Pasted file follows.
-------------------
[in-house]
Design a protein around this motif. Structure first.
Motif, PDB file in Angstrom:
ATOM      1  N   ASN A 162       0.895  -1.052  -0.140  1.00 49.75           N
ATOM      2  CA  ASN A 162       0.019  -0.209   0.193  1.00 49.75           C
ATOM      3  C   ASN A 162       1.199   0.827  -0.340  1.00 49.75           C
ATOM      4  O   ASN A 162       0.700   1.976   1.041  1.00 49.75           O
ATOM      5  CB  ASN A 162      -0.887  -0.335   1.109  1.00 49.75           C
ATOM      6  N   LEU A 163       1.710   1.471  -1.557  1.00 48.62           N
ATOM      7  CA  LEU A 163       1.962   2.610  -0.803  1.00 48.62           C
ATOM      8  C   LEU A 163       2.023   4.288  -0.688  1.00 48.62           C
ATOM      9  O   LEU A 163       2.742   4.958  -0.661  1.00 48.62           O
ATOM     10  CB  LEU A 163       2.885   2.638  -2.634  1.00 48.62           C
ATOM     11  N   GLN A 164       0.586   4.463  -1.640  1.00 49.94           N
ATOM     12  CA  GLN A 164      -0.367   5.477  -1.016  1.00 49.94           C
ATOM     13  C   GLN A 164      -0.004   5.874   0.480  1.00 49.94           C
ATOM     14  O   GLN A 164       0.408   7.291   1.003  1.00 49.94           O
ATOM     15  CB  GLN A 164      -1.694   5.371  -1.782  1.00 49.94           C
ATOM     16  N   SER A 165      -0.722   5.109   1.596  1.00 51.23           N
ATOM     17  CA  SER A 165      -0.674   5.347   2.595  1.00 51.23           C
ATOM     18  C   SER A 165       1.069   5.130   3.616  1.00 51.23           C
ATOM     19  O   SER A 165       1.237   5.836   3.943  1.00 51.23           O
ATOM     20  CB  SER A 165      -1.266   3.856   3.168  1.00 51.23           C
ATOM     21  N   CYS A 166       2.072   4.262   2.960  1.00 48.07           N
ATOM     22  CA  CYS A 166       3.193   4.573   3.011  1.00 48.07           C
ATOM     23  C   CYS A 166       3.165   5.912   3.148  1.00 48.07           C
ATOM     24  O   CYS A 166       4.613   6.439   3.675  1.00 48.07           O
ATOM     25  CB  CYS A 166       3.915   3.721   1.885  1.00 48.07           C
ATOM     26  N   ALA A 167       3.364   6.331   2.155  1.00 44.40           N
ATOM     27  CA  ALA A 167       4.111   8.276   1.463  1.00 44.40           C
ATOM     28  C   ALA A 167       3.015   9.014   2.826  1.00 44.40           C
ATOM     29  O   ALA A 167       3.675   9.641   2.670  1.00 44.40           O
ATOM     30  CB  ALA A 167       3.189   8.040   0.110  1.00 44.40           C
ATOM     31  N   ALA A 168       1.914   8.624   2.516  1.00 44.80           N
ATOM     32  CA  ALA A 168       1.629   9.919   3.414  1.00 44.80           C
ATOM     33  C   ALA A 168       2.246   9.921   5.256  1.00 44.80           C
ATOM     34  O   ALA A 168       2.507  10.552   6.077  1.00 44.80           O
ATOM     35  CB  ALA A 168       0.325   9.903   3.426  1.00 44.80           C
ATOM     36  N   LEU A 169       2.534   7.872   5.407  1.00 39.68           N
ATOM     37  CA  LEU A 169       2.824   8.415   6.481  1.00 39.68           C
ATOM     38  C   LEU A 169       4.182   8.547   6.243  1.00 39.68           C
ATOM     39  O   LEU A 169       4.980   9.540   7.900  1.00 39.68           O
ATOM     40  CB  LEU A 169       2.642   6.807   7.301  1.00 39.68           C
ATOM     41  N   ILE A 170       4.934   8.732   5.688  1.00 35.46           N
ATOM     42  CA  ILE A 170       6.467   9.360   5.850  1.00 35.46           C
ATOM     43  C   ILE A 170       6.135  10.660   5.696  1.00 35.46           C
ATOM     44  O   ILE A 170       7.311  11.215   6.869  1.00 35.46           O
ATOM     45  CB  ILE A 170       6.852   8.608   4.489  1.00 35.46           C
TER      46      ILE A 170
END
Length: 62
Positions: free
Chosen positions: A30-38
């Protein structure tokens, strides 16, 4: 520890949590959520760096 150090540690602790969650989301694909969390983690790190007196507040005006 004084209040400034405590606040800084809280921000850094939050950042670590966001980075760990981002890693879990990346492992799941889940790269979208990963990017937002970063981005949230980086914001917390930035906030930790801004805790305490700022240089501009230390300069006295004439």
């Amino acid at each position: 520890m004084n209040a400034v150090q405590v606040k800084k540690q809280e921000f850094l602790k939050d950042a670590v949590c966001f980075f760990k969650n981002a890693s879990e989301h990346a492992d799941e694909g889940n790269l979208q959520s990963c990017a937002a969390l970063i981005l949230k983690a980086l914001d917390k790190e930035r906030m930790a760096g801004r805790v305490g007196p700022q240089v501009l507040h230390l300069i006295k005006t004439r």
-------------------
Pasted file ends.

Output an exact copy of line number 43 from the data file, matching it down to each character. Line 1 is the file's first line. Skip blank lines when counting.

ATOM     40  CB  LEU A 169       2.642   6.807   7.301  1.00 39.68           C